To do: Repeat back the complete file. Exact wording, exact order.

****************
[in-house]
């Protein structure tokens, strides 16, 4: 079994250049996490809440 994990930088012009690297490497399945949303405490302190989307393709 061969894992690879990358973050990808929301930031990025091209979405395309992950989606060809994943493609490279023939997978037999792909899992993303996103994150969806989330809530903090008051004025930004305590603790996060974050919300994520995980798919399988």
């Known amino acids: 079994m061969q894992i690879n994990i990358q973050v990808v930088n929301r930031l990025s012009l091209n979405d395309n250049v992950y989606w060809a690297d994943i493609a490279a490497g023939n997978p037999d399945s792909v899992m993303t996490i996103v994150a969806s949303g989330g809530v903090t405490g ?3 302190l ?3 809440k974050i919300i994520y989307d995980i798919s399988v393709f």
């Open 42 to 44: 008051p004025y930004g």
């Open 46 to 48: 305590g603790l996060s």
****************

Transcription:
[in-house]
């Protein structure tokens, strides 16, 4: 079994250049996490809440 994990930088012009690297490497399945949303405490302190989307393709 061969894992690879990358973050990808929301930031990025091209979405395309992950989606060809994943493609490279023939997978037999792909899992993303996103994150969806989330809530903090008051004025930004305590603790996060974050919300994520995980798919399988």
């Known amino acids: 079994m061969q894992i690879n994990i990358q973050v990808v930088n929301r930031l990025s012009l091209n979405d395309n250049v992950y989606w060809a690297d994943i493609a490279a490497g023939n997978p037999d399945s792909v899992m993303t996490i996103v994150a969806s949303g989330g809530v903090t405490g ?3 302190l ?3 809440k974050i919300i994520y989307d995980i798919s399988v393709f």
């Open 42 to 44: 008051p004025y930004g």
């Open 46 to 48: 305590g603790l996060s």